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Nurses Charged with DUI

When a nurse is charged with driving under the influence (“DUI”), several special problems arise. Along with everyone else, the nurse wants to fight the DUI case for the best possible result.

The best result in these cases requires contesting the administrative suspension of the driver’s license within the first ten days after the arrest and getting the suspension invalidated.

For the criminal charge, the best result is getting the charges dismissed outright in court or at least reduced to a less serious offense such as reckless driving.

If your case is not dismissed outright, then under Section 456.072(1)(x), you must report any plea to a criminal charge, including a DUI or reckless driving, to the Board of Nursing within 30 days of the day you were found guilty or entered a plea (including a guilty, nolo contendre, or no contest plea) regardless of whether you were adjudicated guilty of the crime or whether the court withheld adjudication.

Our attorneys are familiar with the requirements of the Intervention Project for Nurses (IPN) and ways to avoid certain time consuming and expensive requirements that might otherwise occur.

Attorney for Nurses Charged with DUI in Tampa, FL

First, the nurse needs a criminal defense attorney focused on fighting DUI cases. Second, the nurse needs an attorney who is also experienced representing health care professionals that are facing a licensure issue.

We can help you find substance abuse treatment options that will help you successfully complete DUI school and satisfy conditions that might be imposed by the Board of Nursing or the Intervention Project for Nurses (IPN), or avoid any IPN requirements entirely.

Click here to read more about our Recent Case Results in DUI Cases.

If you are a Registered Nurses and Licensed Practical Nurses charged with DUI, then contact an attorney at the Sammis Law Firm to discuss the best ways to fight your case for an outright dismissal or at least a reduction in the charges. For a first DUI, you might be eligible for the new DUI diversion program in Hillsborough County, FL.

Whether you are charged with a DUI involving a breath test, urine test, blood test, or a refusal to submit to testing, then call us to discuss your case. Find out why we ALWAYS recommend demanding a Formal Review Hearing within the first 10 days after the DUI arrest.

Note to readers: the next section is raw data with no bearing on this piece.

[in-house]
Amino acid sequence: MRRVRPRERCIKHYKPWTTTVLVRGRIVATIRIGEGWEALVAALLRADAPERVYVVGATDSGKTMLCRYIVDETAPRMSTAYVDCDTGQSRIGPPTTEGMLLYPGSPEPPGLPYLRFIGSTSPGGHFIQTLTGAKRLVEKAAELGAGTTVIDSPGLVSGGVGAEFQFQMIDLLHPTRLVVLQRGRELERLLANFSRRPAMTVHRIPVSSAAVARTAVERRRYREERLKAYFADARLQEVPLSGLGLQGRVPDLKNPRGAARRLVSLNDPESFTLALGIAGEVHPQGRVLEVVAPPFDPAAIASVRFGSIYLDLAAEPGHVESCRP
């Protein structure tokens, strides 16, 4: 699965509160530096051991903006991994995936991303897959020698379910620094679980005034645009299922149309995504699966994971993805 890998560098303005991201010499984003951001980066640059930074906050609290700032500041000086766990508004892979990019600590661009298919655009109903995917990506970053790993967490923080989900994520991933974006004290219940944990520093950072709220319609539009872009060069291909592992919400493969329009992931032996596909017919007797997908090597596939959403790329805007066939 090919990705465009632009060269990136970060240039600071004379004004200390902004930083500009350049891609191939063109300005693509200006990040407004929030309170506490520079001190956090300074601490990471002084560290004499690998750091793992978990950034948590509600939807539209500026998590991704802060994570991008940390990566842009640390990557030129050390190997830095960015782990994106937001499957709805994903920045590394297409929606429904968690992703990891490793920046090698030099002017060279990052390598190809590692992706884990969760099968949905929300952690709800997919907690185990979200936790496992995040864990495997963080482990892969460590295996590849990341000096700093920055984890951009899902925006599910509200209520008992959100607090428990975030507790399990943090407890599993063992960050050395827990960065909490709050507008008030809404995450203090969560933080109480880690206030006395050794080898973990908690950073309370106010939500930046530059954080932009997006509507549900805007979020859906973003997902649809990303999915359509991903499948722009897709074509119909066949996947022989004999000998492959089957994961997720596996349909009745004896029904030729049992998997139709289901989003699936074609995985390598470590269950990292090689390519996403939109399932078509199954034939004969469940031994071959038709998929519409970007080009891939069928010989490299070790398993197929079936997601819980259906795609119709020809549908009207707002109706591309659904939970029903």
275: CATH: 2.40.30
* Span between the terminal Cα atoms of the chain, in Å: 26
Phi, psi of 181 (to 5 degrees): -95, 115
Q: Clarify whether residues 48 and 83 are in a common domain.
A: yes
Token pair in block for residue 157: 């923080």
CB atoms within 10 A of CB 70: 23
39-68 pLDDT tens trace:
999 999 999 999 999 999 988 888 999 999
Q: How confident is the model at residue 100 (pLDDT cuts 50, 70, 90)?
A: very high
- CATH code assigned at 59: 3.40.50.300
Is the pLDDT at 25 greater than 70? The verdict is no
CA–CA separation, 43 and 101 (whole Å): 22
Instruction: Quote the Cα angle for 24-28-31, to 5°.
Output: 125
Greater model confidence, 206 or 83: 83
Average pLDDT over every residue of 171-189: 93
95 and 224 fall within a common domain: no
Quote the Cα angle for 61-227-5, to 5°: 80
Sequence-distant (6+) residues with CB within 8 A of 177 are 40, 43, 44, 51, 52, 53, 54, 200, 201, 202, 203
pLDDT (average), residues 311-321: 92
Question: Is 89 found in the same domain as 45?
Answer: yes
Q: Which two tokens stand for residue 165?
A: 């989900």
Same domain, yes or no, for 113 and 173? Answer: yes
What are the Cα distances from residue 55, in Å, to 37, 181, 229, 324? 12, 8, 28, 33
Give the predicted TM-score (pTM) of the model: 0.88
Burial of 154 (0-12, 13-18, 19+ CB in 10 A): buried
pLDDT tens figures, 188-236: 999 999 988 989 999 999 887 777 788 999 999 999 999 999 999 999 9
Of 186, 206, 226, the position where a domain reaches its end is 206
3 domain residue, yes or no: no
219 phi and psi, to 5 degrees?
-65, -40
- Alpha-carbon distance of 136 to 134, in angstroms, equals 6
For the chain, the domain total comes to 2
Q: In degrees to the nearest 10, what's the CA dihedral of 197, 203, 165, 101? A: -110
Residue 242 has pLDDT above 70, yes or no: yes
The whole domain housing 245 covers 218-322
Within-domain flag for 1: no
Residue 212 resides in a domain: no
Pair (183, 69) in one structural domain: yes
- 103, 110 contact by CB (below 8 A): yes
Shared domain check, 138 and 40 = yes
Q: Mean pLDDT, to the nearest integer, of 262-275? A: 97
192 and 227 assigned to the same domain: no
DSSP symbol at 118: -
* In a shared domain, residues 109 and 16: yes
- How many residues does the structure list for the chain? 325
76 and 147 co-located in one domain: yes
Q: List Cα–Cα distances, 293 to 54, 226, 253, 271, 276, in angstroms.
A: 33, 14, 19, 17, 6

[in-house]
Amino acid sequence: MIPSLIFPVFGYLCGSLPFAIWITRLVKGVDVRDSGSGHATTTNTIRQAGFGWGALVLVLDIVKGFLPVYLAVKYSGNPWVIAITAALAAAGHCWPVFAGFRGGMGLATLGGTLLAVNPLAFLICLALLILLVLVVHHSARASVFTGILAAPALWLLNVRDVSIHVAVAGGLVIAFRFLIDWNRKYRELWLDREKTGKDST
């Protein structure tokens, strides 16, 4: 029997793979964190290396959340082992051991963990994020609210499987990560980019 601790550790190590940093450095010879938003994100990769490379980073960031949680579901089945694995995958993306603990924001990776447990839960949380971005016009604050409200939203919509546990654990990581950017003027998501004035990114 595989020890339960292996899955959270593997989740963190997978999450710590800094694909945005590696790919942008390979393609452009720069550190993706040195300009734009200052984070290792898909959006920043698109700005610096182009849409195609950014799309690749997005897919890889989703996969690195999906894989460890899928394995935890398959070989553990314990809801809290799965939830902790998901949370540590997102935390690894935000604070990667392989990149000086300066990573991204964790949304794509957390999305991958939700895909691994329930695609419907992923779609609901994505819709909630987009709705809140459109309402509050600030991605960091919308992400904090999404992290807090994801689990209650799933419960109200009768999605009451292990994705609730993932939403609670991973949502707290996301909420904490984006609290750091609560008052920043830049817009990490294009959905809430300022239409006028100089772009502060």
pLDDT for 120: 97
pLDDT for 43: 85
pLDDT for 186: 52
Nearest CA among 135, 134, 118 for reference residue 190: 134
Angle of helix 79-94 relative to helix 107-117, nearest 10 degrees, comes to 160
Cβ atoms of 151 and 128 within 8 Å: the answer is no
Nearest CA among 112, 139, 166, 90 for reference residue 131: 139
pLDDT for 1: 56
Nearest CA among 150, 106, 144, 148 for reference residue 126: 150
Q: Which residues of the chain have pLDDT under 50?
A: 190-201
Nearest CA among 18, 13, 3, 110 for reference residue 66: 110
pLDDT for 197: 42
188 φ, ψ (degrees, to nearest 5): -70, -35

Call (813) 250-0500 for a free and confidential consultation with an experienced DUI defense attorney in Tampa, FL.


Reporting a Plea in a Criminal Case to the Board of Nursing

Section 456.072(1)(x) provides that the following constitutes grounds for which disciplinary action may be taken against a nursing license:

(1)(x) Failing to report to the board, or the department if there is no board, in writing within 30 days after the licensee has been convicted or found guilty of, or entered a plea of nolo contendere to, regardless of adjudication, a crime in any jurisdiction.

Convictions, findings, adjudications, and pleas entered into prior to the enactment of this paragraph must be reported in writing to the board, or department if there is no board, on or before October 1, 1999.


The Board of Nursing Investigations after a DUI Arrest or Conviction

For nurses, what happens outside the courtroom is almost as important as what happens inside the courtroom. In Florida, the Board of Nursing (BON) is responsible for monitoring nurses with alcohol or substance abuse issues.

The BON reviews complaints, the initial and renewal applications for the nursing license, and handles any disciplinary action against the nurse. Even for people initially applying for a nursing license, a background check will be conducted. Any criminal charge can lead to a Board Review before the nursing license will be approved.

If you are convicted of a crime or enter a plea in the courtroom, then a nurse must report the case to the Board of Nursing. In some cases, it is better to report the incident in advance, especially if you decide to seek out substance abuse counseling early in the case.

Being proactive often leads to the best results in these cases. Although a first DUI is unlikely to result in a nurse losing their license for a first or second offense outside of five years of any prior conviction or licensure issue, the Board of Nursing can impose certain requirements that require you to undergo an alcohol and drug evaluation and follow up treatment and random drug and alcohol testing.

By being proactive you can often shorten the period of supervision and get the case closed out more quickly. It is particularly important to be proactive if your nursing license records show any prior emergency actions, discipline cases or public complaints.


This article was last updated on Tuesday, August 27, 2019.

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